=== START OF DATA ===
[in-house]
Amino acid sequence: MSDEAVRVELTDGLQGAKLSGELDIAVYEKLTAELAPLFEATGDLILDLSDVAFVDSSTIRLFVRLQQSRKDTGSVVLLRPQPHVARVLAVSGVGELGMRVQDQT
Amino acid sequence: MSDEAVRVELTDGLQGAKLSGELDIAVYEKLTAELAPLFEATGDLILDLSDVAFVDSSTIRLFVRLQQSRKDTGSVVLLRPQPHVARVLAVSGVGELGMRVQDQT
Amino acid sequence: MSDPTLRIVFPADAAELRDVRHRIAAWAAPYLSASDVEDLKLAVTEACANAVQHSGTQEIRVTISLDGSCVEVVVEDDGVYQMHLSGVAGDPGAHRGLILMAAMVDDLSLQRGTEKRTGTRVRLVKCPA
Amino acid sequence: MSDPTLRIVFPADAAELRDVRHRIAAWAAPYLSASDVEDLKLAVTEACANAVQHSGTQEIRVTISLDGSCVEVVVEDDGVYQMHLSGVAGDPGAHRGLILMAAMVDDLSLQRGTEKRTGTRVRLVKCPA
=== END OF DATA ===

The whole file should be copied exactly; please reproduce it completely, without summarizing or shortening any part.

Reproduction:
[in-house]
Amino acid sequence: MSDEAVRVELTDGLQGAKLSGELDIAVYEKLTAELAPLFEATGDLILDLSDVAFVDSSTIRLFVRLQQSRKDTGSVVLLRPQPHVARVLAVSGVGELGMRVQDQT
Amino acid sequence: MSDEAVRVELTDGLQGAKLSGELDIAVYEKLTAELAPLFEATGDLILDLSDVAFVDSSTIRLFVRLQQSRKDTGSVVLLRPQPHVARVLAVSGVGELGMRVQDQT
Amino acid sequence: MSDPTLRIVFPADAAELRDVRHRIAAWAAPYLSASDVEDLKLAVTEACANAVQHSGTQEIRVTISLDGSCVEVVVEDDGVYQMHLSGVAGDPGAHRGLILMAAMVDDLSLQRGTEKRTGTRVRLVKCPA
Amino acid sequence: MSDPTLRIVFPADAAELRDVRHRIAAWAAPYLSASDVEDLKLAVTEACANAVQHSGTQEIRVTISLDGSCVEVVVEDDGVYQMHLSGVAGDPGAHRGLILMAAMVDDLSLQRGTEKRTGTRVRLVKCPA